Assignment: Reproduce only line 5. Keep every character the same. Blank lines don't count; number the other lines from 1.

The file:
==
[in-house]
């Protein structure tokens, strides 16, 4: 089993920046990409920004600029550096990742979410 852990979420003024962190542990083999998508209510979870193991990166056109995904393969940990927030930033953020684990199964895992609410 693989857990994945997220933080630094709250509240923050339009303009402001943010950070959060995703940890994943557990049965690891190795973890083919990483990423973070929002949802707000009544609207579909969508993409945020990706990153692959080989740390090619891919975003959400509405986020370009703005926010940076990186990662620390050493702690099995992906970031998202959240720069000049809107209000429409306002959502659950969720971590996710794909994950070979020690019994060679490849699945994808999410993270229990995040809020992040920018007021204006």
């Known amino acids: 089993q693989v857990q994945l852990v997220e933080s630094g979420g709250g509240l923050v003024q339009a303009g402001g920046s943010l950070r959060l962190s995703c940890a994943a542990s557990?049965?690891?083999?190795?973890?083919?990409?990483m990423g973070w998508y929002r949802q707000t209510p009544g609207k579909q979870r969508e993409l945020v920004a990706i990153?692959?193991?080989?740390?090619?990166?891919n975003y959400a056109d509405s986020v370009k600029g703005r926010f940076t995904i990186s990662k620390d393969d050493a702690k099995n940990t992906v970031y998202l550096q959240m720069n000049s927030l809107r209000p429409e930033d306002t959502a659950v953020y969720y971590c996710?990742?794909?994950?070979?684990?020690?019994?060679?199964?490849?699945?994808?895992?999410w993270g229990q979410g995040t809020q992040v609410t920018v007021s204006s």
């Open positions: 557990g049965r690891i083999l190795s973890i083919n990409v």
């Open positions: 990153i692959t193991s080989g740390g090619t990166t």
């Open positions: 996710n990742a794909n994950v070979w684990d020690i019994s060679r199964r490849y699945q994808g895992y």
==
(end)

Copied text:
């Open positions: 990153i692959t193991s080989g740390g090619t990166t």